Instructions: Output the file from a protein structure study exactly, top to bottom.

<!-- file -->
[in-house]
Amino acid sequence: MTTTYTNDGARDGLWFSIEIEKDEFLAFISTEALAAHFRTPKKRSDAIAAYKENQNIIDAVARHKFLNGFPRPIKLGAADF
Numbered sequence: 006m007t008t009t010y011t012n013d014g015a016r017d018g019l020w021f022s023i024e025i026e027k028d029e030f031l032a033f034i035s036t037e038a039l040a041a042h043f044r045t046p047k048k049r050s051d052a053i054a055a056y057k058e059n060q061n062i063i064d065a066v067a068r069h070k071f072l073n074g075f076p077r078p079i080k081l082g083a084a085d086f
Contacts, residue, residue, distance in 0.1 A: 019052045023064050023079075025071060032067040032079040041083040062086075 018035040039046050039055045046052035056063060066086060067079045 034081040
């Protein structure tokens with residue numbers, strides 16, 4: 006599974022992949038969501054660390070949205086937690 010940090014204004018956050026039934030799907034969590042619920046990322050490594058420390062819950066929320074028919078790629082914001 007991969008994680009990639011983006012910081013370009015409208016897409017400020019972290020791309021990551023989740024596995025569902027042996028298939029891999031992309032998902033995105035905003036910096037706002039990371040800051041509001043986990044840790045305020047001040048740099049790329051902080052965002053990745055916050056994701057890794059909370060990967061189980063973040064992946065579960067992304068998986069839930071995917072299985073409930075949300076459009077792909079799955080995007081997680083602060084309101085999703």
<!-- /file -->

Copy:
[in-house]
Amino acid sequence: MTTTYTNDGARDGLWFSIEIEKDEFLAFISTEALAAHFRTPKKRSDAIAAYKENQNIIDAVARHKFLNGFPRPIKLGAADF
Numbered sequence: 006m007t008t009t010y011t012n013d014g015a016r017d018g019l020w021f022s023i024e025i026e027k028d029e030f031l032a033f034i035s036t037e038a039l040a041a042h043f044r045t046p047k048k049r050s051d052a053i054a055a056y057k058e059n060q061n062i063i064d065a066v067a068r069h070k071f072l073n074g075f076p077r078p079i080k081l082g083a084a085d086f
Contacts, residue, residue, distance in 0.1 A: 019052045023064050023079075025071060032067040032079040041083040062086075 018035040039046050039055045046052035056063060066086060067079045 034081040
């Protein structure tokens with residue numbers, strides 16, 4: 006599974022992949038969501054660390070949205086937690 010940090014204004018956050026039934030799907034969590042619920046990322050490594058420390062819950066929320074028919078790629082914001 007991969008994680009990639011983006012910081013370009015409208016897409017400020019972290020791309021990551023989740024596995025569902027042996028298939029891999031992309032998902033995105035905003036910096037706002039990371040800051041509001043986990044840790045305020047001040048740099049790329051902080052965002053990745055916050056994701057890794059909370060990967061189980063973040064992946065579960067992304068998986069839930071995917072299985073409930075949300076459009077792909079799955080995007081997680083602060084309101085999703």